Once Upon a Time, America was a shining beacon. Then liberals came along and erected an enormous Federal bureaucracy that handcuffed the invisible hand of the free market. They subverted our traditional American values and opposed God and Faith at every step of the way. Instead of requiring that people work for a living, they siphoned money from hard-working Americans and gave it to Cadillac-driving drug addicts and welfare queens. Instead of punishing criminals, they “understand” them. Instead of worrying about the victims of crime, they worried about the rights of criminals. Instead of adhering to traditional American values of family, fidelity, and personal responsibility, they preached promiscuity, premarital sex, and the gay lifestyle, and they encouraged the feminist agenda that undermined traditional family roles. Instead of projecting strength to those who would do evil around the world, they cut the military budget, disrespected our soldiers in uniform, burned our flag, and chose negotiation and multilateralism. Then Americans decided to take their country back from those who sought to undermine it. The End.1
Once Upon a Time, the vast majority of human persons suffered in societies and social institutions that were unjust, unhealthy, repressive, and oppressive. These traditional societies were reprehensible because of their deep-rooted inequality, exploitation, and irrational traditionalism. But the noble human aspiration for autonomy, equality, and prosperity struggled mightily against the forces of misery and oppression, and eventually succeeded in establishing modern, liberal, democratic, capitalist, welfare societies. While modern social conditions hold the potential to maximize the individual freedom and pleasure of all, there is much work to be done to dismantle the powerful vestiges of inequality, exploitation, and repression. This struggle for the good society in which individuals are equal and free to pursue their self-defined happiness is the one mission truly worth dedicating one’s life to achieving. The End.2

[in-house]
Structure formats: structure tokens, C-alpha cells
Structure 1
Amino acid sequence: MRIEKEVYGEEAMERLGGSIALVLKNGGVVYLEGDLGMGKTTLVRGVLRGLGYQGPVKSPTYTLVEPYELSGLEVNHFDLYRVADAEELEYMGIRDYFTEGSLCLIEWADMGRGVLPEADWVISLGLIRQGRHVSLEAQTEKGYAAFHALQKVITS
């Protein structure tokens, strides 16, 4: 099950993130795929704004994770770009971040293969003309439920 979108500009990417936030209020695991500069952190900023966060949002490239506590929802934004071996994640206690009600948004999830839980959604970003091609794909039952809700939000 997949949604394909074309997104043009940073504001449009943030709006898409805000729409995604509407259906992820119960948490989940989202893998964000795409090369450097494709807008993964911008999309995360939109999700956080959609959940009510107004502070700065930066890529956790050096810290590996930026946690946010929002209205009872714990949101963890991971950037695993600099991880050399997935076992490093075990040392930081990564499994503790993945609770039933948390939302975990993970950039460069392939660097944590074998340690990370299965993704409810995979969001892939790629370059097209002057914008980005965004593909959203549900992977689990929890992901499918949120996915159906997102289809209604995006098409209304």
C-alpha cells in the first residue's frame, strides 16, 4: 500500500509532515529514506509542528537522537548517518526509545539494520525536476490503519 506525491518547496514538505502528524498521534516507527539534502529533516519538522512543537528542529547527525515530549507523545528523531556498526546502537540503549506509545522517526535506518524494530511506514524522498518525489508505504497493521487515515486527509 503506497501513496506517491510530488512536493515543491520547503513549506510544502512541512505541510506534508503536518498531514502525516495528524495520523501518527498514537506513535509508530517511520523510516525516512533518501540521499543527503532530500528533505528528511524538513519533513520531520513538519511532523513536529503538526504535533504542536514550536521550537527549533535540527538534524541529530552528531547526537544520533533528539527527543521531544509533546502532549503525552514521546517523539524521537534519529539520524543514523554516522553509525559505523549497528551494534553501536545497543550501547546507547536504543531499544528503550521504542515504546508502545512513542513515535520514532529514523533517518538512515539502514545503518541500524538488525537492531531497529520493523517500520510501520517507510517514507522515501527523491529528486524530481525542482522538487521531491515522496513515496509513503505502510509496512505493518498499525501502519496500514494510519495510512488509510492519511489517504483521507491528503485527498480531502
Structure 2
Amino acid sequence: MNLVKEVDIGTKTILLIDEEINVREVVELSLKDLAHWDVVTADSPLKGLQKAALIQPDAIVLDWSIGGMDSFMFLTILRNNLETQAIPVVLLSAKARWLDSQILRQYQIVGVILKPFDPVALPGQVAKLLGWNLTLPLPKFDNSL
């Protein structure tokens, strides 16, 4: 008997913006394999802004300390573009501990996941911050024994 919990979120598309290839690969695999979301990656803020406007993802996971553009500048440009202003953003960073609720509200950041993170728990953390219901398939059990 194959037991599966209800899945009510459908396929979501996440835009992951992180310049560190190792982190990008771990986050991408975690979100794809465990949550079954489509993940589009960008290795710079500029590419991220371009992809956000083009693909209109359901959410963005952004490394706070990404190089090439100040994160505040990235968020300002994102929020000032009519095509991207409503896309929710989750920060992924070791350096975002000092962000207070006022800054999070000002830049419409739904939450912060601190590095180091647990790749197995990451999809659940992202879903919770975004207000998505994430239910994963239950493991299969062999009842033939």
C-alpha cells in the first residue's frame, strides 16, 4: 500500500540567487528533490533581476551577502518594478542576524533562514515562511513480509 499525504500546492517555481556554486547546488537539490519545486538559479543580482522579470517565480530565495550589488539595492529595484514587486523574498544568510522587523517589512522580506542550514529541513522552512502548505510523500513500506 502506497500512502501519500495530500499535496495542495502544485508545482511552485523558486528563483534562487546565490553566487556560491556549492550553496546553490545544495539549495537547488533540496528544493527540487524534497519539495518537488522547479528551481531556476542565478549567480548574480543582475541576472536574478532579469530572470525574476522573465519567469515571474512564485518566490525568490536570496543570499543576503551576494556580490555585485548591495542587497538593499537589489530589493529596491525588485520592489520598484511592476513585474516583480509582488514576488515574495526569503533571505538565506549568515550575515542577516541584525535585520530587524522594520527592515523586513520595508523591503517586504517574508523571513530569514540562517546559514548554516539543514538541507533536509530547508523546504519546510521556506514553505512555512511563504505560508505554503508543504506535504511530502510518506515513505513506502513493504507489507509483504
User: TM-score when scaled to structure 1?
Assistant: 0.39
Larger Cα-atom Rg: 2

The human mind is a story processor, not a logic processor. Among the most important stories we know are stories about ourselves. The greatest contribution of John McAdams to psychology has been his insistence that psychologists connect their quantitative data to a more qualitative understanding of the narratives people create to make sense of their lives.3 These narratives are not necessarily true stories – they are simplified and selective reconstructions of the past, often connected to an idealized vision of the future. But even though life narratives are to some degree post-hoc fabrications, they still influence people’s behavior, relationships, and mental health.4
from Haidt, J. (2012). The righteous mind: Why good people are divided by politics and religion. New York: Pantheon Books.
1 condensed by Haidt et al from Westen, D. (2007). The political brain: The role of emotion in de- ciding the fate of the nation. New York: PublicAffairs.
2 condensed by Haidt et al from Smith, C. (2003). Moral, believing animals: Human personhood and culture. New York: Oxford University Press.
3 McAdams, D. P. (2001). The psychology of life stories. Review of General Psychology, 5, 100–122.
4 McAdams, D. P. Albaugh, M., Farber, E., Daniels, J., Logan, R. L., Olson, B., et al. (2008). Family metaphors and moral intuitions: How conservatives and liberals narrate their lives. Journal of Personality and Social Psychology, 95, 978– 990.